Biden sits down with Democratic Sen. Chris Murphy to discuss gun reform – despite him saying the Senate ‘needs to do this ourselves’ and White House promising to ‘give some space’ – as Chuck Schumer extends GOP talks
- Biden met with Democratic Senator Chris Murphy at White House
- Two talked gun reform as negotiations are ongoing in the Senate
- Murphy had suggested Biden should stay out of talks
- Murphy leading talks for Democrats; John Cornyn leading for Republicans
- Murphy said he hopes to have a deal by end of week on bipartisan legislation
The two men met on the patio outside the Oval Office to discuss the issue, according to photos released of their meeting. Their sit down comes after some lawmakers, including Murphy, urged the president to stay out of the talks.
Senators are meeting behind-closed-doors this week to hash out the details of a bill that could garner the necessary 60 votes to advance through the legislative process.
Murphy, who is leading talks for the Democrats, said his goal was to have a bipartisan deal by the end of the week. He’s also said Biden’s presence would not be helpful in negotiations.
‘I think the Senate needs to do this ourselves,’ the Democratic senator from Connecticut told CNN on Sunday.
‘I have talked to the White House every single day since these negotiations began. But, right now, the Senate needs to handle these negotiations. I think, this week, we need to have concepts to present to our colleagues,’ he said.
The sitdown also comes after Biden’s prime time speech on Thursday night where he called for expanded background checks, an assault weapons ban or raising the purchase age to 21, red flag laws, mental health programs, and removing the liability shield for gun manufactureres.
There is some concern that if Biden becomes involve, the issue could get lost in the politics of the upcoming midterm election, harming the chances for legislation to get passed.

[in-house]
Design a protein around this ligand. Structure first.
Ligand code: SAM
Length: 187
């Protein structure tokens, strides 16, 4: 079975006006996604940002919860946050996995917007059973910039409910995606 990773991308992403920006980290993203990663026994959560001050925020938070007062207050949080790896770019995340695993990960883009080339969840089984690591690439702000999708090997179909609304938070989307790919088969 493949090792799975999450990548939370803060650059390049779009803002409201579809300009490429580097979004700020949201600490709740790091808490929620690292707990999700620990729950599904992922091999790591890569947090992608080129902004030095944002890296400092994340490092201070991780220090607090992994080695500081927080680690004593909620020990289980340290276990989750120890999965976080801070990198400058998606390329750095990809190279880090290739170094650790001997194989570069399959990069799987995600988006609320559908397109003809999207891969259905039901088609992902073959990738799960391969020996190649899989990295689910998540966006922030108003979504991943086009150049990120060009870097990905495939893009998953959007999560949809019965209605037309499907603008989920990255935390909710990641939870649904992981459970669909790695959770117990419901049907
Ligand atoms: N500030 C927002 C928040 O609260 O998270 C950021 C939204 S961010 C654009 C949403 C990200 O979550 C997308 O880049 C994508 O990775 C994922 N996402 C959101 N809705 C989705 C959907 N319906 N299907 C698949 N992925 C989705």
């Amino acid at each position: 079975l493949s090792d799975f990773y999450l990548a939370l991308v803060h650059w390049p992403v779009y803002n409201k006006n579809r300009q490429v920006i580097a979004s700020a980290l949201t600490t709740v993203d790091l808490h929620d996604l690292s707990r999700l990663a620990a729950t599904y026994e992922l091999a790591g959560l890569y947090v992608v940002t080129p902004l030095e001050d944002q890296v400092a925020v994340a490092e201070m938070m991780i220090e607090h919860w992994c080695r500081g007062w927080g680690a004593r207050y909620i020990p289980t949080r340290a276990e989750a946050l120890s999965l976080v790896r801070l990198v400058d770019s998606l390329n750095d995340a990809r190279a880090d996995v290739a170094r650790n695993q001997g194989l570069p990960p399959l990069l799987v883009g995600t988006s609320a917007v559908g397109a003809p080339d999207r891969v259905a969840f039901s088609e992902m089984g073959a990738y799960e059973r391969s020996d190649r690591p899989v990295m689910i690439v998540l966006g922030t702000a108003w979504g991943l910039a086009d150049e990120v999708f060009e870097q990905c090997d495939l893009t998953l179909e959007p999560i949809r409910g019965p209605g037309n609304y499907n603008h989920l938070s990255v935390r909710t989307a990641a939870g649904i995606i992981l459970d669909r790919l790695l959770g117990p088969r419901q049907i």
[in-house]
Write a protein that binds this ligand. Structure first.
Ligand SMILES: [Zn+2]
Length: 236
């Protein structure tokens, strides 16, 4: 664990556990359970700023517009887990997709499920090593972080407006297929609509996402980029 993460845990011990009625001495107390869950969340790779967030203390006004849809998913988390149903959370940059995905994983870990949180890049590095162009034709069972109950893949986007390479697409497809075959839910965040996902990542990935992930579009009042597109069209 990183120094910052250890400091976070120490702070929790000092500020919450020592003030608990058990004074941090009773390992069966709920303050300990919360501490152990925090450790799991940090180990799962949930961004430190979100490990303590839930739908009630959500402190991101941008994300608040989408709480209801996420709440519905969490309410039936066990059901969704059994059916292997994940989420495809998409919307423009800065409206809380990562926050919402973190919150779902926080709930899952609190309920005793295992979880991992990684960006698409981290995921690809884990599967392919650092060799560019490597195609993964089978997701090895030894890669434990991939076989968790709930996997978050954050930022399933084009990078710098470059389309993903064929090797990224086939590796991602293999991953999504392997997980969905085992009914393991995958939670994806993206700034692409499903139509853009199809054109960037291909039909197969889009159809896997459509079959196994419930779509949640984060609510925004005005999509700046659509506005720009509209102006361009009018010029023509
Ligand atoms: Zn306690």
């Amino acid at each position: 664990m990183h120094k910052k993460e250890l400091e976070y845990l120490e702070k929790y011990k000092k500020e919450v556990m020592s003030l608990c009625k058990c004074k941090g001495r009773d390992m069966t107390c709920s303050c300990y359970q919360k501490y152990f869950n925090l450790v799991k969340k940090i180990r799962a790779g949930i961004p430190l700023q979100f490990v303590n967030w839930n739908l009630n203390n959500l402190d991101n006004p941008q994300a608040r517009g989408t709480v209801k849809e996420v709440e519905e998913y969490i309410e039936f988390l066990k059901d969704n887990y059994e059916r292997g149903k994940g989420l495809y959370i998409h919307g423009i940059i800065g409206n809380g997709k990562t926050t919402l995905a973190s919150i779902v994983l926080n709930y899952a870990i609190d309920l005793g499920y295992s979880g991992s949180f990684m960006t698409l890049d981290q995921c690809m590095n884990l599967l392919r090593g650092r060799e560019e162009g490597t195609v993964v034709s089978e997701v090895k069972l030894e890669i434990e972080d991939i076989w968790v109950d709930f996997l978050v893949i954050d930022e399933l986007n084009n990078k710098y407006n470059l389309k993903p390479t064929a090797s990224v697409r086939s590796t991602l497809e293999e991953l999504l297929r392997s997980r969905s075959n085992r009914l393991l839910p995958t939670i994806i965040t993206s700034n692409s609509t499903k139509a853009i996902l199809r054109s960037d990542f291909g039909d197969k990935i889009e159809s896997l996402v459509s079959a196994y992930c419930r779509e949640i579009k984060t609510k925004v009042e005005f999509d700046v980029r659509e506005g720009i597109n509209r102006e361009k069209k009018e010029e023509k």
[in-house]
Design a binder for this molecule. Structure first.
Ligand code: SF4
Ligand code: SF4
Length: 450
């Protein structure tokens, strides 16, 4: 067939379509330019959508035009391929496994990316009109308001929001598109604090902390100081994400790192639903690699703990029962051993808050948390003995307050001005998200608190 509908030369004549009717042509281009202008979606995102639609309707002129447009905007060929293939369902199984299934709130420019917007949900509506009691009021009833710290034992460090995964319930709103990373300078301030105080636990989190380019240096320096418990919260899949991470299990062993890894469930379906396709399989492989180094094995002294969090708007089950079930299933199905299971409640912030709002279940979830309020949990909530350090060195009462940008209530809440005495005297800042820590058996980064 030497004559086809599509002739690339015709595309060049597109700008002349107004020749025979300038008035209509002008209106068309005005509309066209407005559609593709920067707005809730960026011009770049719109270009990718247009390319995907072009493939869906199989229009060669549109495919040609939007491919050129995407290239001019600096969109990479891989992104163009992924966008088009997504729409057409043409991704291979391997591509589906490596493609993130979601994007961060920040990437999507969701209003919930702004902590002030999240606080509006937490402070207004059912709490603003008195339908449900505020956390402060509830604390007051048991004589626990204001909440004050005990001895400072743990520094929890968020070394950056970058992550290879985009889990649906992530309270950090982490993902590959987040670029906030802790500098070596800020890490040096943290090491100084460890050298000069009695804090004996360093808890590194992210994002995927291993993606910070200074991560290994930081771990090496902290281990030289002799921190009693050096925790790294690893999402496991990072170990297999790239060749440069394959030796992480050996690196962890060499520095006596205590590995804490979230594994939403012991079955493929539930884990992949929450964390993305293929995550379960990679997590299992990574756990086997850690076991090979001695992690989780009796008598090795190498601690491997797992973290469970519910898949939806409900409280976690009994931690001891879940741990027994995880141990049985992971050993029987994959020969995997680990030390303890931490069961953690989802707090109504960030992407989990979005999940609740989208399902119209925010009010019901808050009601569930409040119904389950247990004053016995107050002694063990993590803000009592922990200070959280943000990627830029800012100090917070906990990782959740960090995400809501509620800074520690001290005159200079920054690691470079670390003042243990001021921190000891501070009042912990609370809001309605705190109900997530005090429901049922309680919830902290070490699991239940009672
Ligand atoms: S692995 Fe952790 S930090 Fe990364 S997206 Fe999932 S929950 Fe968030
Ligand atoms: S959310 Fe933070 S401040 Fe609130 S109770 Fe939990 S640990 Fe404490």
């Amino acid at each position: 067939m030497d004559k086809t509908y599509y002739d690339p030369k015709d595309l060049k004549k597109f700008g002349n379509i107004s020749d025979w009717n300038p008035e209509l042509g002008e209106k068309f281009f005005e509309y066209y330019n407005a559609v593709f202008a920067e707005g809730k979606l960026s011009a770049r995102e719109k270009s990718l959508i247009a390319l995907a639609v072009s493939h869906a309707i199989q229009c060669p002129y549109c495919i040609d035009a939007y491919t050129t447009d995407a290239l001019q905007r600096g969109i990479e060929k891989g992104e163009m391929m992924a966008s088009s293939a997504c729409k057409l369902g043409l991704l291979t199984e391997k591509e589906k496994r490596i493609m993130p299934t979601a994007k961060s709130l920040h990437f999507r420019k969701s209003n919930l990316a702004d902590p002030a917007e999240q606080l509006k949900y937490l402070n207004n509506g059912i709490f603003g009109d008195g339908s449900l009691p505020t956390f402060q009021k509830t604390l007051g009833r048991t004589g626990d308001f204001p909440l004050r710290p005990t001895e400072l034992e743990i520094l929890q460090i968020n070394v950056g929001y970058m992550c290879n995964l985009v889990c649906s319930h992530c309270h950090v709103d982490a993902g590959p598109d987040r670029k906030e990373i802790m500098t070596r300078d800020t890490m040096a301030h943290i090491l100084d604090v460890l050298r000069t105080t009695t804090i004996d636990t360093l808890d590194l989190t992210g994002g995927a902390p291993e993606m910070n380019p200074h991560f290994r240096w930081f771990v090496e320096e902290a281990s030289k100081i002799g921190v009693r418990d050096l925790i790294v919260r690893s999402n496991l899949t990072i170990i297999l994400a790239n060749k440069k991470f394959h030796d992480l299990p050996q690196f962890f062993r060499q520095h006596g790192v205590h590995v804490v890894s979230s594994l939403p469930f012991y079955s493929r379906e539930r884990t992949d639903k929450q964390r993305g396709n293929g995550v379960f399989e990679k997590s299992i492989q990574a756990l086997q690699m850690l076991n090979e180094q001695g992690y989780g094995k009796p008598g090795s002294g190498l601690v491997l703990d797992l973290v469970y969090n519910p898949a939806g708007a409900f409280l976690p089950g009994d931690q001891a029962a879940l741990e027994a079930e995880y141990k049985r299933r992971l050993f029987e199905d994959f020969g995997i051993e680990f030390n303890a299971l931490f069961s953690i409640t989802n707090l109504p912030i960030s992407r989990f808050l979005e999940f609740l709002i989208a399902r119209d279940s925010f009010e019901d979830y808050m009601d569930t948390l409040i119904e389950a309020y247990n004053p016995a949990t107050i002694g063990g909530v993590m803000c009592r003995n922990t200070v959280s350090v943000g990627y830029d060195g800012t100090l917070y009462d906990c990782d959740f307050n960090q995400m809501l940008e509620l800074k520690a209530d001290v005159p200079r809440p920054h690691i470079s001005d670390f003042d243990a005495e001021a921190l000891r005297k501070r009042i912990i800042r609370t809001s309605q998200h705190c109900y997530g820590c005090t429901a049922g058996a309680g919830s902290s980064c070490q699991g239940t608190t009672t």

President Joe Biden met with Democratic Senator Chris Murphy on Tuesday to discuss Senate negotiations on gun reform
Some lawmakers, including Senator Chris Murphy (right), had said President Biden should stay out of Senate negotiations
And Senate Majority Leader Chuck Schumer on Tuesday warned Democrats that the final legislation may not contain their full wishlist of items.
‘There is virtual unanimity amongst Senate Democrats that getting something passed through this chamber is worth pursuing if it will make a tangible difference in preventing gun violence,’ Schumer said on the Senate floor.
‘We know that we’re not going to get everything we want, we know that the push for even more meaningful gun safety will continue after this debate, but making real progress is very important,’ he added.
‘Senator Murphy has asked for some space to have the bipartisan talks continue and I have given him that space.’
Murphy, Sens. John Cornyn, Republican of Texas; and Kyrsten Sinema, Democrat of Arizona, met for about two hours Monday night to discuss a path forward.
Cornyn is leading efforts for Republicans as Murphy does the same for the Democrats.
‘My hope is that we are able to come to an agreement by the end of the week,’ Murphy said. ‘The discussions have been really positive. I still am hopeful we’ll be able to get a product.’
Any legislation would need buy-in from Senator Joe Manchin and Sinema, the more moderate Democrats, plus at least 10 Republicans in order to make its way through the legislative process.
‘What I’m interested in is keeping guns out of the hands of those who, by current law, are not supposed to have them: people with mental health problems, people who have criminal records,’ Cornyn said of the talks.
The lawmakers are looking at legislation that would reform background checks, encourage state red flag laws, enhance school safety and provide new mental health programs, Politico reported.
Republicans had been pushing for more time to negotiate and were worried Schumer would make good on his pledge to begin voting on Democratic gun legislation if the talks appear to be fruitless.
But Schumer’s remarks on Tuesday will give negotiators more time to talk specifics.
Senator John Cornyn of Texas is leading gun legislation talks for Republicans
The bipartisan group of senators hope to reach an agreement on gun legislation by the end of the week, after a wave of mass shootings in Buffalo, New York; Uvalde, Texas; and Tulsa, Oklahoma.
The negotiations have the approval of Schumer and his Republican counterpart, Mitch McConnell.
‘Good consensus legislation takes time,’ Cornyn said. ‘The only way we can get a bill that can pass both chambers and earn the president’s signature is by taking the time and reaching that consensus.’